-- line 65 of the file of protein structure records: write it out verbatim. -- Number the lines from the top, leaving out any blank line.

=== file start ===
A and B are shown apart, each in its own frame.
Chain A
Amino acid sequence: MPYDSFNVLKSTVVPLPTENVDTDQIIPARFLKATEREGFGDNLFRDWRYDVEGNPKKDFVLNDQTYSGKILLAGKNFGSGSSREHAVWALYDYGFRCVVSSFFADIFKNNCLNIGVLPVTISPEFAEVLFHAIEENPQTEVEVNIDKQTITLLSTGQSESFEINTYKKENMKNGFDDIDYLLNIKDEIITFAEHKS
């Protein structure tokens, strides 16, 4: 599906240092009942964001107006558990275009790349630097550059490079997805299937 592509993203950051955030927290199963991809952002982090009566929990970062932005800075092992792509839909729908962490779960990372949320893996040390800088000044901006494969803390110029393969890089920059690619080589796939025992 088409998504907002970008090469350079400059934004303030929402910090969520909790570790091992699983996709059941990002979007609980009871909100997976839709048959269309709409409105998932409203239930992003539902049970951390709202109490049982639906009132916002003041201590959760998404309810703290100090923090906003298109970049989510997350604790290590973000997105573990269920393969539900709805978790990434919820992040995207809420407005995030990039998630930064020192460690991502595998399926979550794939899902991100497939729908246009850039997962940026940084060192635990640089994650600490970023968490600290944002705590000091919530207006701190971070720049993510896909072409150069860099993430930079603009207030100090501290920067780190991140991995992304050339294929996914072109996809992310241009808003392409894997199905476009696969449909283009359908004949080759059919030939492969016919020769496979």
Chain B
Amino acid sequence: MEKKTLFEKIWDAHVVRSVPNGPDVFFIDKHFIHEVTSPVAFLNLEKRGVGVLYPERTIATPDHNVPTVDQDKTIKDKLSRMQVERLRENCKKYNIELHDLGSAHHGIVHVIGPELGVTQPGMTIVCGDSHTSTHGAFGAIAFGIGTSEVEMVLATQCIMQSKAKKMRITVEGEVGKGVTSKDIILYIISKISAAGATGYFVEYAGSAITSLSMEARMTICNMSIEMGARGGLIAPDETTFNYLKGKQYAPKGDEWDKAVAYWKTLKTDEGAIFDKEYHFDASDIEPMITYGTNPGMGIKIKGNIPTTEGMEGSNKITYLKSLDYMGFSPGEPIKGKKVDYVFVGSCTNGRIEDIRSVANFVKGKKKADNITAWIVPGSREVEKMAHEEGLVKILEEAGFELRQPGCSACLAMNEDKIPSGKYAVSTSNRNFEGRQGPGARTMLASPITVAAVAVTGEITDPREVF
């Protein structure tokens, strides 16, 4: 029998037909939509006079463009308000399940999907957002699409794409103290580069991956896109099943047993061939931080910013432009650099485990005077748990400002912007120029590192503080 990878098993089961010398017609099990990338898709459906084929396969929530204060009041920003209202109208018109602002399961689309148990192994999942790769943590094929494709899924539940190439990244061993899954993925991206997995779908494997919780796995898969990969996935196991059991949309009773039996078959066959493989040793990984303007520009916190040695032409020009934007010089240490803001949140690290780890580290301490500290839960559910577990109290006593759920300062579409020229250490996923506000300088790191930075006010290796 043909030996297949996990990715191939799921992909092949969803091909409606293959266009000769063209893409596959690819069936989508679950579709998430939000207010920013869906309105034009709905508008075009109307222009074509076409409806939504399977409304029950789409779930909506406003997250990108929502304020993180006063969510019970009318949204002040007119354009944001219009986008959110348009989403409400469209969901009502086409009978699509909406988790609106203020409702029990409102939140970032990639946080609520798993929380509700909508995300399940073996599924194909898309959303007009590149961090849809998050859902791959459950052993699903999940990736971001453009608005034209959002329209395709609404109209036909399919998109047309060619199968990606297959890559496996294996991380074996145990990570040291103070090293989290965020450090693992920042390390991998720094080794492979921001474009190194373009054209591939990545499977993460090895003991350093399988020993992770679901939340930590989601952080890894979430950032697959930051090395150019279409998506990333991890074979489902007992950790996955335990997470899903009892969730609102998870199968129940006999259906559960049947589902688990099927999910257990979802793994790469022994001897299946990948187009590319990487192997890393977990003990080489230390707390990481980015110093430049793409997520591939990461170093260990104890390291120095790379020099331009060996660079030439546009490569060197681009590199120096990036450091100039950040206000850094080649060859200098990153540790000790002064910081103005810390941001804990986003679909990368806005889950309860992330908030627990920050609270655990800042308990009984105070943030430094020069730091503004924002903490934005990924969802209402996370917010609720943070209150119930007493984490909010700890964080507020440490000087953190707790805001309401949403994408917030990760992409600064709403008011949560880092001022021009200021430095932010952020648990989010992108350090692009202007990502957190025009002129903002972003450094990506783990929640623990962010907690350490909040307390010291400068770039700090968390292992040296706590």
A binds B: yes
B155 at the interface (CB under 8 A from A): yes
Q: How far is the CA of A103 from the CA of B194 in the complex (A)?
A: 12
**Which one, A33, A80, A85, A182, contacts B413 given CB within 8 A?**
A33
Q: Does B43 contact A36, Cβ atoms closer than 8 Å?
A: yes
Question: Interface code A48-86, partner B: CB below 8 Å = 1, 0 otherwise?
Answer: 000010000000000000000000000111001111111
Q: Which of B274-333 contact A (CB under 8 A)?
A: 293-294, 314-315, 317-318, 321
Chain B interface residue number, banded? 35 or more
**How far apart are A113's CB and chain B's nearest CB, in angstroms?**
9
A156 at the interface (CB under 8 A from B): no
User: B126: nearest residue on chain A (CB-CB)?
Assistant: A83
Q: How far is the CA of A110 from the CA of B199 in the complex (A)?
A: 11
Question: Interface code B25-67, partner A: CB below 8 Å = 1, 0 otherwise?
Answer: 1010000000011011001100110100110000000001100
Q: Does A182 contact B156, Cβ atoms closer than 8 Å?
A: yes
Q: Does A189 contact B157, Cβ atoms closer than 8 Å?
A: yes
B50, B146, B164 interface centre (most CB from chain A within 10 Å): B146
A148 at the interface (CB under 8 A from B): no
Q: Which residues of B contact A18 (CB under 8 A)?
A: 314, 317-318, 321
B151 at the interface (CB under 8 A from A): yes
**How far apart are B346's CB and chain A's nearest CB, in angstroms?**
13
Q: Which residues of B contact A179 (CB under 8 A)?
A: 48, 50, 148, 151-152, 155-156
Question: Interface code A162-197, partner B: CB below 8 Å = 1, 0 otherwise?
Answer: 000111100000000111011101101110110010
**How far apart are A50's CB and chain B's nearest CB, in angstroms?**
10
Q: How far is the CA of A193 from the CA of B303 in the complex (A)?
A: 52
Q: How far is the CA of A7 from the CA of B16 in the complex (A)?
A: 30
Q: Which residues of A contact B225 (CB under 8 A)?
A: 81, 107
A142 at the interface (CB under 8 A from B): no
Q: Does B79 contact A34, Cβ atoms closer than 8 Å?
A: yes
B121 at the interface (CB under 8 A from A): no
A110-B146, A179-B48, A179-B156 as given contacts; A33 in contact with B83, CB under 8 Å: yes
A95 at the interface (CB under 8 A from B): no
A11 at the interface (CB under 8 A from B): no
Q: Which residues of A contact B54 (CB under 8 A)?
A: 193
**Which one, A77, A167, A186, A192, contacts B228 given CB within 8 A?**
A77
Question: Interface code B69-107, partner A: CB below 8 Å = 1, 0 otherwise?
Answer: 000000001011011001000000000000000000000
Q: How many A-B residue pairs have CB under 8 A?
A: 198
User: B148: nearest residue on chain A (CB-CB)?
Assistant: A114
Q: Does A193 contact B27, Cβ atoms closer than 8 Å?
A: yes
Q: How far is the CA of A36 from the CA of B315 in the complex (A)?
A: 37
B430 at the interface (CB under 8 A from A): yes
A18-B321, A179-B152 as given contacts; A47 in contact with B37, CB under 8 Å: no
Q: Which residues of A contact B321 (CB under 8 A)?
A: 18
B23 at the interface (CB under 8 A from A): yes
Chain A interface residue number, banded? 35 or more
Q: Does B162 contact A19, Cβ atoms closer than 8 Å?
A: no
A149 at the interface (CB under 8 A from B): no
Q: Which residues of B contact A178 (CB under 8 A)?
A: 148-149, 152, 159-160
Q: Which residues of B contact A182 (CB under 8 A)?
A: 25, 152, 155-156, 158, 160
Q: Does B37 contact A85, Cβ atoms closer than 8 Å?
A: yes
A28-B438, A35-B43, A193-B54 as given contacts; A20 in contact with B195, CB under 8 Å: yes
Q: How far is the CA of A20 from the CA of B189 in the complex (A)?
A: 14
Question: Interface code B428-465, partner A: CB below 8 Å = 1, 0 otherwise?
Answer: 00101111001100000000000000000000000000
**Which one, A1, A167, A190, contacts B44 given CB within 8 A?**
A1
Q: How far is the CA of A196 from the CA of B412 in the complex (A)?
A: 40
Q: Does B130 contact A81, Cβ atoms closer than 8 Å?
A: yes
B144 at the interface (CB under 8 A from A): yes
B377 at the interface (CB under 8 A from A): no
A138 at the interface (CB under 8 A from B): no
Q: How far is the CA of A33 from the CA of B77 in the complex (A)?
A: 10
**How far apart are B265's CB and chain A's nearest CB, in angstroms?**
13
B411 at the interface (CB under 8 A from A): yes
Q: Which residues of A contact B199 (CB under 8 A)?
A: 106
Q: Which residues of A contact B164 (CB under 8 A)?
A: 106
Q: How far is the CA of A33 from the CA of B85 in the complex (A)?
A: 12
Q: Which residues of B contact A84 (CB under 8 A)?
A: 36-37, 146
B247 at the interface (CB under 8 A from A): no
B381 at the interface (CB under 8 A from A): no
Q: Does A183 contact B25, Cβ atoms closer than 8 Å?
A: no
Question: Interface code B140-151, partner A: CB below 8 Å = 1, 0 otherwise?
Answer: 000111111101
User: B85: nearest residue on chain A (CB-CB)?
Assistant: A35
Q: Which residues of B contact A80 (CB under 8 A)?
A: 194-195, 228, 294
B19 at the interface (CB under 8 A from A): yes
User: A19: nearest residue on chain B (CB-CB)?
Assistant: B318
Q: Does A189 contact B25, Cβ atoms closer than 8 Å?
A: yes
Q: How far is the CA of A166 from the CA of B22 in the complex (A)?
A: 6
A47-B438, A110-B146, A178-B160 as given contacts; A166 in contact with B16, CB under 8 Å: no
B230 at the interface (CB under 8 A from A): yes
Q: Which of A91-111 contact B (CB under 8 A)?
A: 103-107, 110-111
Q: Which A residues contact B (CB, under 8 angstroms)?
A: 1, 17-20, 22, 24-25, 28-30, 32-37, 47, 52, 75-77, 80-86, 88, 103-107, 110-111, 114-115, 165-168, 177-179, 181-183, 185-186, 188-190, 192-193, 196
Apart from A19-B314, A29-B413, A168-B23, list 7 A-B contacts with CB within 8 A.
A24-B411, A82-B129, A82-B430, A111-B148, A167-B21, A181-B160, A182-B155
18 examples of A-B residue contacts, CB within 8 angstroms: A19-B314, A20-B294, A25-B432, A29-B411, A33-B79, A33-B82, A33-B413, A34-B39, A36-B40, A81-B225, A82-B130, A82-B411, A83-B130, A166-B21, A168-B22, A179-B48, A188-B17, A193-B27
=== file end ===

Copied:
Answer: 000000001011011001000000000000000000000